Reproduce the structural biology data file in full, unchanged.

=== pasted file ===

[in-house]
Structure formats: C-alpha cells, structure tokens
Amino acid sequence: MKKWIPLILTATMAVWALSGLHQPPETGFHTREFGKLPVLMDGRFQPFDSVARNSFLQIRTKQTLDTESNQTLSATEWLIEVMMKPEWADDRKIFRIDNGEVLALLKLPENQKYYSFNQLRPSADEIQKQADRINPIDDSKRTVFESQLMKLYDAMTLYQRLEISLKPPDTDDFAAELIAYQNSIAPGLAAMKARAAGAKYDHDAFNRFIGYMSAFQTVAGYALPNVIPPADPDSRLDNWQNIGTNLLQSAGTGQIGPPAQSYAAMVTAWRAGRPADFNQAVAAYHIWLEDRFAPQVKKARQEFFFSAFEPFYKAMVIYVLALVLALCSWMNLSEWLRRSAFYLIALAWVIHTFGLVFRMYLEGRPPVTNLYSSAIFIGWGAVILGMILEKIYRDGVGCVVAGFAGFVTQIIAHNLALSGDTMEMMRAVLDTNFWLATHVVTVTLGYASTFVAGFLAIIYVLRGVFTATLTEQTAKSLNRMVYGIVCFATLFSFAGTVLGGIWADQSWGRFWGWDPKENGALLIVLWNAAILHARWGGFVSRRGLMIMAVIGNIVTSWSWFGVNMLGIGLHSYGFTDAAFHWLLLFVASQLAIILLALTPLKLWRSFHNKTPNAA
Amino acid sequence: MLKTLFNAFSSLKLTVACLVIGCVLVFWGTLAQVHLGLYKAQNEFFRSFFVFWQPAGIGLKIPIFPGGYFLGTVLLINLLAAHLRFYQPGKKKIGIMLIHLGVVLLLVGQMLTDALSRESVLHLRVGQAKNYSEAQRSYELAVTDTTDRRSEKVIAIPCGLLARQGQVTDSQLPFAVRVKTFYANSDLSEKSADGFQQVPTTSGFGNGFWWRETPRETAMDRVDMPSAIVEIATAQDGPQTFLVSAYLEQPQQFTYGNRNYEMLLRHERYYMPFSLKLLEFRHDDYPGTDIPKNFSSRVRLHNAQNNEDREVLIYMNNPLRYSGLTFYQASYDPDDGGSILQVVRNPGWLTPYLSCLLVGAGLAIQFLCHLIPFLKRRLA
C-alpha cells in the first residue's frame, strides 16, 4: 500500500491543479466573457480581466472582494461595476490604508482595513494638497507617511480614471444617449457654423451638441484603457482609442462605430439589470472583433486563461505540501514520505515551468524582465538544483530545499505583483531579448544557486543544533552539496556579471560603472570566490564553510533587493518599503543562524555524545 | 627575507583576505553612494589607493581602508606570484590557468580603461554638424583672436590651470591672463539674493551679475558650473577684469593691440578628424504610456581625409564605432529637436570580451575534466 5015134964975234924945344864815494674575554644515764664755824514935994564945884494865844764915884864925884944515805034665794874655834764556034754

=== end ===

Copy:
[in-house]
Structure formats: C-alpha cells, structure tokens
Amino acid sequence: MKKWIPLILTATMAVWALSGLHQPPETGFHTREFGKLPVLMDGRFQPFDSVARNSFLQIRTKQTLDTESNQTLSATEWLIEVMMKPEWADDRKIFRIDNGEVLALLKLPENQKYYSFNQLRPSADEIQKQADRINPIDDSKRTVFESQLMKLYDAMTLYQRLEISLKPPDTDDFAAELIAYQNSIAPGLAAMKARAAGAKYDHDAFNRFIGYMSAFQTVAGYALPNVIPPADPDSRLDNWQNIGTNLLQSAGTGQIGPPAQSYAAMVTAWRAGRPADFNQAVAAYHIWLEDRFAPQVKKARQEFFFSAFEPFYKAMVIYVLALVLALCSWMNLSEWLRRSAFYLIALAWVIHTFGLVFRMYLEGRPPVTNLYSSAIFIGWGAVILGMILEKIYRDGVGCVVAGFAGFVTQIIAHNLALSGDTMEMMRAVLDTNFWLATHVVTVTLGYASTFVAGFLAIIYVLRGVFTATLTEQTAKSLNRMVYGIVCFATLFSFAGTVLGGIWADQSWGRFWGWDPKENGALLIVLWNAAILHARWGGFVSRRGLMIMAVIGNIVTSWSWFGVNMLGIGLHSYGFTDAAFHWLLLFVASQLAIILLALTPLKLWRSFHNKTPNAA
Amino acid sequence: MLKTLFNAFSSLKLTVACLVIGCVLVFWGTLAQVHLGLYKAQNEFFRSFFVFWQPAGIGLKIPIFPGGYFLGTVLLINLLAAHLRFYQPGKKKIGIMLIHLGVVLLLVGQMLTDALSRESVLHLRVGQAKNYSEAQRSYELAVTDTTDRRSEKVIAIPCGLLARQGQVTDSQLPFAVRVKTFYANSDLSEKSADGFQQVPTTSGFGNGFWWRETPRETAMDRVDMPSAIVEIATAQDGPQTFLVSAYLEQPQQFTYGNRNYEMLLRHERYYMPFSLKLLEFRHDDYPGTDIPKNFSSRVRLHNAQNNEDREVLIYMNNPLRYSGLTFYQASYDPDDGGSILQVVRNPGWLTPYLSCLLVGAGLAIQFLCHLIPFLKRRLA
C-alpha cells in the first residue's frame, strides 16, 4: 500500500491543479466573457480581466472582494461595476490604508482595513494638497507617511480614471444617449457654423451638441484603457482609442462605430439589470472583433486563461505540501514520505515551468524582465538544483530545499505583483531579448544557486543544533552539496556579471560603472570566490564553510533587493518599503543562524555524545 | 627575507583576505553612494589607493581602508606570484590557468580603461554638424583672436590651470591672463539674493551679475558650473577684469593691440578628424504610456581625409564605432529637436570580451575534466 5015134964975234924945344864815494674575554644515764664755824514935994564945884494865844764915884864925884944515805034665794874655834764556034754